What is a Web Application Firewall?
A Web Application Firewall (WAF) protects web applications from threats like SQL injection, cross-site scripting, parameter or URL tampering, and session hijacking. It does this by monitoring HTTP traffic (at Layer 7) before it reaches the web application and only allowing through valid requests as determined by a set of rules. A WAF is aware of the context of requests and responses to the application, whereas an IPS monitors the packet flow, inspects protocols, and searches for known attacks at the packet level.
Why do I need a Web Application Firewall?
Many threats to web applications exploit the fact that they are considered as valid traffic. A WAF can detect unknown attacks by watching for unusual or non-standard traffic (typically defined in a security policy). WAF’s should be used together with other protection products such as IPS and URL filtering.
Web Application Firewalls help to address some of the security issues that could otherwise jeopardise PCI Compliance for web sites that handle financial transactions. More generally, they help protect a web site from infections that could lead to search engine black listing, or attacks that could lead to information leakage.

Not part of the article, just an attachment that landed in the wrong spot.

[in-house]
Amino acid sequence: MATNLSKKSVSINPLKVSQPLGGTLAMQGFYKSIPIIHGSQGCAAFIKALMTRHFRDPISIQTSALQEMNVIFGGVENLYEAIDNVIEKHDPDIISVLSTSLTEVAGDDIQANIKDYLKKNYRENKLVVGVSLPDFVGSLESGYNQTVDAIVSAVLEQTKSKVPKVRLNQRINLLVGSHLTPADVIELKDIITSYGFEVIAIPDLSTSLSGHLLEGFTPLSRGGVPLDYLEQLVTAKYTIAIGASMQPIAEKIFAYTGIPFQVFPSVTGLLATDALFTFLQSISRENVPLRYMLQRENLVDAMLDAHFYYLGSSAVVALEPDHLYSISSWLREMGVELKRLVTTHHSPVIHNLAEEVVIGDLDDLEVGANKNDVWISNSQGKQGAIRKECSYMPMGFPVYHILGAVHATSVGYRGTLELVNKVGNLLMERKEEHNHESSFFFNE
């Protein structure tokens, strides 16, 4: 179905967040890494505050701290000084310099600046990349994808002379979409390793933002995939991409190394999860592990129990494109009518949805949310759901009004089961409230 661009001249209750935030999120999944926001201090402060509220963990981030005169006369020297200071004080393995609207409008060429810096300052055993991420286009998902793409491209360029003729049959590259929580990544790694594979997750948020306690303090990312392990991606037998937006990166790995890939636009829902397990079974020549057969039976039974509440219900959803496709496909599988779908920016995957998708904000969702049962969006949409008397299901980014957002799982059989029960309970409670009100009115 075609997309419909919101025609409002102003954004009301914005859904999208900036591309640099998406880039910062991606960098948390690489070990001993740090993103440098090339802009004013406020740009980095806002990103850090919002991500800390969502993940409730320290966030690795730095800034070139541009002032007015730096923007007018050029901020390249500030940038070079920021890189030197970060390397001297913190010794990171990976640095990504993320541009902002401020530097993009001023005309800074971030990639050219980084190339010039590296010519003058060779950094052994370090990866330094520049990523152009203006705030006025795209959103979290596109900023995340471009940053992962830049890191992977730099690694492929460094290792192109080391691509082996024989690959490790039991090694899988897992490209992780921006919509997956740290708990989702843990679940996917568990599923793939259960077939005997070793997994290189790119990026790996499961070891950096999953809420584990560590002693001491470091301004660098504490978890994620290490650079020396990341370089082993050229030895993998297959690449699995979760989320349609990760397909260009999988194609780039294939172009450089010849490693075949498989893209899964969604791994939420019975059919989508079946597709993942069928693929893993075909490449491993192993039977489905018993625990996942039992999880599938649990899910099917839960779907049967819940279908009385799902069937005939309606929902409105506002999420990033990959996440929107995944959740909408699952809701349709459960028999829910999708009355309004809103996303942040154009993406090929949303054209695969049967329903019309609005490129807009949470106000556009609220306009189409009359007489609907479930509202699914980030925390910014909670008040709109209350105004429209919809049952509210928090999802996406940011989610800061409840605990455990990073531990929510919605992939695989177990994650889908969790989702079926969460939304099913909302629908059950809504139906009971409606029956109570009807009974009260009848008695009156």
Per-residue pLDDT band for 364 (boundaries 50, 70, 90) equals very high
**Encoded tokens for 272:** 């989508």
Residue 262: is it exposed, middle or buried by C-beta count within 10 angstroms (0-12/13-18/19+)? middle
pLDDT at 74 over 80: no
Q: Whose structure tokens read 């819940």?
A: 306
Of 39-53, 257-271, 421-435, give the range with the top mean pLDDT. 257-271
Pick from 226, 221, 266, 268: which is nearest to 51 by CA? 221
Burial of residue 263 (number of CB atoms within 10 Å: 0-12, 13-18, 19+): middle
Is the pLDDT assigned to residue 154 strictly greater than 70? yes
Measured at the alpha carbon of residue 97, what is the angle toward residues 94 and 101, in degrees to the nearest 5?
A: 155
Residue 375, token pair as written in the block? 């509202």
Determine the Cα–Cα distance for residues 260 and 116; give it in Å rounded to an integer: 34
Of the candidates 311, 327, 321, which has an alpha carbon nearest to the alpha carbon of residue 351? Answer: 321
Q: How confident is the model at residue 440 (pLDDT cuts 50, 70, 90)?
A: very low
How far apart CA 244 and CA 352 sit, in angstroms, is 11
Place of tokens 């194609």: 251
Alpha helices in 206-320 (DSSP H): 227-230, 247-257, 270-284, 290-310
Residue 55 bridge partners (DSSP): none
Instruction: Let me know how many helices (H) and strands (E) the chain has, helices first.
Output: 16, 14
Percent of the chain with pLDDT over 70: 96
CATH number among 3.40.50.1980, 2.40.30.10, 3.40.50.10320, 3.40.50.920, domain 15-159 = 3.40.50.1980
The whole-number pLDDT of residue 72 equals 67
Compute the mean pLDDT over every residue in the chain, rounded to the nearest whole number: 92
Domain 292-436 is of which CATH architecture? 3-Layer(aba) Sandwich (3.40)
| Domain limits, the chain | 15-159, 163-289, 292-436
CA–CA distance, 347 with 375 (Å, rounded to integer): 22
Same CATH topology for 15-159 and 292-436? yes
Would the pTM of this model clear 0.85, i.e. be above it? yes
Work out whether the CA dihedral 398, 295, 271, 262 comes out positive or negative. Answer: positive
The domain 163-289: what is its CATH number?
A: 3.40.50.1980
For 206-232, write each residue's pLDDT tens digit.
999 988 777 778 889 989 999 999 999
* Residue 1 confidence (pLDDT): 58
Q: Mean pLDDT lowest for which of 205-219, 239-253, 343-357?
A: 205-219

What can a WAF do that an ordinary firewall cannot do?
The WAF is able to follow the data flow, for example validating user input per a specific web form.
The IPS on the other hand, does not really understand that the web form should be submitted using POST and that only numbers are supposed to be considered valid user input; or the IPS cannot proactively mitigate Cross-site Request Forgery vulnerabilities.
What kind of web application attacks are there?
The following tactics are often used to attack web applications:
- SQL Injection
- Cross Site Scripting
- Session Hijacking
- Parameter or URL Tampering
- Remote Command Execution
- Path Traversal
What can I do to protect my web applications from attacks?
- Fix code
- Virtual Patching
- Web Application Hardening
- Web Server Hardening
- HTTP Protocol Validation
How does a WAF protect web applications?
A WAF monitors traffic intended for the application, analyses it, and passes on approved / correct requests.
What factors should I consider when selecting a WAF?
- Very low % of false positives
- Vulnerability / attack protection
- How easy is it to setup and configure
- Out-of-the-box effectiveness
- Ease of ongoing administration and fine tuning
- Session protection
- Software versus hardware
- Reverse-proxy architecture
- How does it fit into my overall security scheme?
- Support for scalability and fail-over (high availability)
What are the advantages of a WAF that acts as a Reverse-Proxy?
- It creates a protocol break
- Provides infrastructure masking
- Able to support pooling mode and Multi-DMZ
- Provides termination for SSL tunnels
- Able to provide caching and compression